Here’s how buying a home works
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If you’ve never purchased a home before, the whole process might seem a bit daunting. But knowing the process and how it all works can help you be ready when the time is right. We will walk you through the typical steps of purchasing a home and some tips to help the process go smoothly.
Get preapproved by a lender
The starting point in any home purchase is to know how much you can spend. A lender will be able to look at your income, credit history and debt to determine which price range you should be looking. An additional benefit to getting preapproved is having a lender letter in hand, which can help your offer look more attractive. The current real estate market is experiencing low supply and high demand, which makes it even more difficult to have your offer accepted above the competing buyers, so having this letter from your lender will help the seller to know you’re serious about buying their home.
Know the immediate costs and buyer’s role during escrow period
There will be some up-front, out-of-pocket costs before closing that the buyer needs and knowing this before hand can eliminate frustration and confusion. The first cost is for the inspection. You should budget anywhere from $250 to $650 for an inspection. This number can depend on multiple factors, including what types of inspections are necessary for your property. Another cost that will definitely come up is earnest money. Depending on the amount of the purchase price this can range from $500 upwards of $3,500, although the average earnest money is around $1,500.
Decide what you want in a home
- Although you may not know exactly what you want until you look at some properties, you should have a general idea of what you’re looking for. Here are a few questions that may help:
- In town or out in the country?
- Near schools or work?
- How many bedrooms?
- Big backyard or smaller yard?
- Fencing in the backyard for pets?
- Any special features such as granite, custom cabinetry, upgraded finishes? New construction or an older home?
By knowing a bit more about what you want, you can save yourself time looking through a bunch of homes that don’t fit the ticket.
Choose a real estate agent and know your role as a buyer
Due to it being a seller’s market, east Idaho is a fast-paced environment where it pays to have someone fighting for your best interests.
You’ll want to pick an agent who will answer your calls, send you properties every day, and set aside time to show you homes when YOU have time to see them. They should be honest, transparent and take the time to find out what will work best for you. Interviewing more than one agent is a good idea to find the right fit. Some agents work one on one with you from the beginning to the end, and some agents have numerous agents, assistants and transaction coordinators who you will be asked to work with. Make sure you know how many people you will be dealing with on your purchase.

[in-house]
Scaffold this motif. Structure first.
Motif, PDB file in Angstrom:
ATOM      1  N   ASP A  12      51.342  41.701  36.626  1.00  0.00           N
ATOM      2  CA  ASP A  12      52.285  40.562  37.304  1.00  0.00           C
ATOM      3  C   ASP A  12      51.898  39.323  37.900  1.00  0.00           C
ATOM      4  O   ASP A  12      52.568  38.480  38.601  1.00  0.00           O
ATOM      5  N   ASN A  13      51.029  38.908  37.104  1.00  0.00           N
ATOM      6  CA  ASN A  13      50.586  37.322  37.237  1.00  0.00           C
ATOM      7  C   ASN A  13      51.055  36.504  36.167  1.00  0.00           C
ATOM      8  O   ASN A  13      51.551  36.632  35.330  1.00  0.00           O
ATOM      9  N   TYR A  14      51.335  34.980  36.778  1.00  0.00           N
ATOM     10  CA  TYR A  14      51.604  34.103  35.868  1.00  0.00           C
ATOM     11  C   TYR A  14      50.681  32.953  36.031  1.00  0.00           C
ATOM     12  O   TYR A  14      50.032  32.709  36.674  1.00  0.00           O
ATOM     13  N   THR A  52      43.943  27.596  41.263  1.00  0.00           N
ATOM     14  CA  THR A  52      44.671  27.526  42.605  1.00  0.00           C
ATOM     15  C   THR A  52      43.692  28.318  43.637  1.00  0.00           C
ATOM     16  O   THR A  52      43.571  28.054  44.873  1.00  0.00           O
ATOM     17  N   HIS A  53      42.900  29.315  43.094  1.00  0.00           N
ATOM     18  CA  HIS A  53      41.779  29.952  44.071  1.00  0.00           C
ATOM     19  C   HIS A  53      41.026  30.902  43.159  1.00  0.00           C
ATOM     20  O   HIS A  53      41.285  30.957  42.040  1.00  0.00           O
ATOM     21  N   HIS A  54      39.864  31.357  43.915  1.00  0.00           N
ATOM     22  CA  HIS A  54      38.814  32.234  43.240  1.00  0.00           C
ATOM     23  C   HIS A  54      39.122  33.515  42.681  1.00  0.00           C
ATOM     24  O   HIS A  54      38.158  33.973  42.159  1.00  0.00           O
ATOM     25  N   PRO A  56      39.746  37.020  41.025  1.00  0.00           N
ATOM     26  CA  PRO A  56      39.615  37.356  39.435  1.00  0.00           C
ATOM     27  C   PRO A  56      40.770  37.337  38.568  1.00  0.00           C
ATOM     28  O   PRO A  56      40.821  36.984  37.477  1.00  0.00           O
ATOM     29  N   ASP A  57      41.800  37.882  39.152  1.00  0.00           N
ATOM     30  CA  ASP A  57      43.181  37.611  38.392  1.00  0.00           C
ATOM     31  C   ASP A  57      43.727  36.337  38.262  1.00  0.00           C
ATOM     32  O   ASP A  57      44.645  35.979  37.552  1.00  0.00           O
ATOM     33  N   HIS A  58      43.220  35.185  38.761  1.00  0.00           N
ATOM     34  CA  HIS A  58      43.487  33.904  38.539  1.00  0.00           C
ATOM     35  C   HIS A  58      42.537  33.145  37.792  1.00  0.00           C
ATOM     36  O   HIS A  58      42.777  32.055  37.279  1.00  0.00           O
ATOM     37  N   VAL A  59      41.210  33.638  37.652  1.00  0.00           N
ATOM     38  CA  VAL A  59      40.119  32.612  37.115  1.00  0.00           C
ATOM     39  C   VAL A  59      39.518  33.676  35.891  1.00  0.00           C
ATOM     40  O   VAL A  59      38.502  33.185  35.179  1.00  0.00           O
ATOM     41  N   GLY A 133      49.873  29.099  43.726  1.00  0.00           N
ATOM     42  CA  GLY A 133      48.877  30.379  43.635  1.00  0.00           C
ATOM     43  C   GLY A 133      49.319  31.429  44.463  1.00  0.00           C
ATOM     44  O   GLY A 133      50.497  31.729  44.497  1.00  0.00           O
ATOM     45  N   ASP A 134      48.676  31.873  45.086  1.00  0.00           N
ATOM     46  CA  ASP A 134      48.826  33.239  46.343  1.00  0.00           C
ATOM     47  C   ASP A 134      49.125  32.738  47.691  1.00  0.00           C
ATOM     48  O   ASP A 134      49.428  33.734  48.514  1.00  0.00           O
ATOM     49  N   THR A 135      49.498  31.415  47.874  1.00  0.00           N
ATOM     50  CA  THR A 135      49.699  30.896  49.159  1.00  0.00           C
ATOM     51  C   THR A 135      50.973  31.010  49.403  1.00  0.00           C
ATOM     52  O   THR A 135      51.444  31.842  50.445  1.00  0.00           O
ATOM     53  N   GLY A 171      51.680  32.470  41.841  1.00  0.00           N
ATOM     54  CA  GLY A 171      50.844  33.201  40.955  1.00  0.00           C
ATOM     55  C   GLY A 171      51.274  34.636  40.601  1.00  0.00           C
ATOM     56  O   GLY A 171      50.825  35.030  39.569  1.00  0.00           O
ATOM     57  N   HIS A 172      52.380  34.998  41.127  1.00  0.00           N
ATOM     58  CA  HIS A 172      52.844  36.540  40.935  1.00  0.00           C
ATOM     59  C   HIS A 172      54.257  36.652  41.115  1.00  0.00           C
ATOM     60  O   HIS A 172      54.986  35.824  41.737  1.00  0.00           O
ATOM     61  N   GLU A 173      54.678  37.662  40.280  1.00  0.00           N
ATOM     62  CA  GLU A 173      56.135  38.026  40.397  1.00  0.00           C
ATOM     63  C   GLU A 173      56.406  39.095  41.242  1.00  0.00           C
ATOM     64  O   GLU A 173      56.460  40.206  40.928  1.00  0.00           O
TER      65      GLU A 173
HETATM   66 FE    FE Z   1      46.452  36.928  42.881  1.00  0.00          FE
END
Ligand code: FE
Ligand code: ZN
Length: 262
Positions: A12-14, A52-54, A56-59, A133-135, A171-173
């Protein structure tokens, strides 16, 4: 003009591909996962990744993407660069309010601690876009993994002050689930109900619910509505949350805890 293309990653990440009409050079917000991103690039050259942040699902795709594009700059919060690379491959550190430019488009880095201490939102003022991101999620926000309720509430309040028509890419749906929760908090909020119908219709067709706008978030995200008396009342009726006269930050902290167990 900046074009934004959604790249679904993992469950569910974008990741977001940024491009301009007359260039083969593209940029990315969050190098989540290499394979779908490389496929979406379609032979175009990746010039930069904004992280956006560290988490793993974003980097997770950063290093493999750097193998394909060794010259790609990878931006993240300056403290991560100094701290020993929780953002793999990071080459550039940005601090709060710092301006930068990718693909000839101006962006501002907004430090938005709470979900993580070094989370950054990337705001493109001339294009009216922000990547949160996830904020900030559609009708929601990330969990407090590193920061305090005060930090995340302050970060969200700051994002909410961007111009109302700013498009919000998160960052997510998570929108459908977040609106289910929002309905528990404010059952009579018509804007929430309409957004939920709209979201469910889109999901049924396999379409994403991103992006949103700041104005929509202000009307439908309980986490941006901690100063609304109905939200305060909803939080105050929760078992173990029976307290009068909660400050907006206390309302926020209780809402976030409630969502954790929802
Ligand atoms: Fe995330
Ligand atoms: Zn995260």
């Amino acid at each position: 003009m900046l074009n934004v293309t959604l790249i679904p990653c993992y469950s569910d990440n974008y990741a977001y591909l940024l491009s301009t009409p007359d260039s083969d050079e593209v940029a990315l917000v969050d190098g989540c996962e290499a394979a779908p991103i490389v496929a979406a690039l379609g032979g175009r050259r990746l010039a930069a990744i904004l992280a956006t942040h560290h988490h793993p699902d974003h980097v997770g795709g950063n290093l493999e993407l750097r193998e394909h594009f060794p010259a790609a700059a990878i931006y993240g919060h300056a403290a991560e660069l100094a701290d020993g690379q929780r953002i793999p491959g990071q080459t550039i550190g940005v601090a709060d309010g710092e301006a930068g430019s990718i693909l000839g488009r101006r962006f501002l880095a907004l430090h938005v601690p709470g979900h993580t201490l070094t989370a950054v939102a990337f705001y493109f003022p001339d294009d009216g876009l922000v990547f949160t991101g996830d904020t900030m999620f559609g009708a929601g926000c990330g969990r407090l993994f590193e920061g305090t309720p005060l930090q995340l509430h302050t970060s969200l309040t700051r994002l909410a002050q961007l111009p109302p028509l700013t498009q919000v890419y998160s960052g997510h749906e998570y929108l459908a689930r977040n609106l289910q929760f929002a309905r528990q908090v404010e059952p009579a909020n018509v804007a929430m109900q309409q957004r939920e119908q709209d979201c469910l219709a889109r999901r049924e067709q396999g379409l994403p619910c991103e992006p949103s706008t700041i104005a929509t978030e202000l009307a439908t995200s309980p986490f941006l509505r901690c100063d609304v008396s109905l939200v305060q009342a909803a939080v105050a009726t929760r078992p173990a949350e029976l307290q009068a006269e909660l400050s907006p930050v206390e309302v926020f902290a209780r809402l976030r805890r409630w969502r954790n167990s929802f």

And remember, you are the other half of this team. You are an integral part of this process, which means you need to be able to return calls quickly, make decisions in a timely manner and return paperwork when it is due.
Shop for your home & make an offer
With an agent by your side, you will start looking at homes. Some agents will send you properties on the MLS (the multiple listing service database), and other agents will additionally comb their resources to find unlisted and pocket listing properties that the public may not know about yet. You will tour homes and select the one that is right for you. Then with your agent’s assistance, you will put in an offer and hope yours is chosen. The offer will indicate who the buyer chooses for a title company, when the closing date will be and many other details that will be factored into the decision made by the seller.
Deliver earnest money upon acceptance of offer and open escrow
Once your offer is accepted, you will deliver earnest money in the method agreed upon by both parties. Some buyers choose to deposit this with the brokerage; others deposit it with the title company chosen by the buyer. The earnest money will be deducted from the loan or cash payment at closing. At this point, escrow is opened, and your lender begins their process.
Schedule inspection and appraisal
Inspection times can vary from 5-10 days after the acceptance of the offer. An inspector chosen by the buyer will enter the home and thoroughly inspect for issues with structural, mechanical, age related issues, lead based paint, or any other concerns the home buyer may have. An inspection contingency is then written by your agent including any items the buyer would like repaired (or compensated for) by the seller. Appraisals will also happen generally in the first couple of weeks to ensure that the value of the home meets or exceeds the purchase price.
After inspection items are completed, appraisal is approved, and lenders are ready you will go with your agent to the title company you chose to close. This is where you will sign the closing documents from the lender and other documents prepared by the title company.
Although this is the typical process for purchasing a home, there are exceptions and alternate methods. Some buyers choose to work directly with a seller. Some buyers have cash in hand and do not need a lender. Some buyers even have funds from the sale of another real estate transaction that they wish to transfer to another like property, which is called a 1031 exchange. There are no dumb questions, so reach out to a real estate professional to find out more about your options when purchasing a home.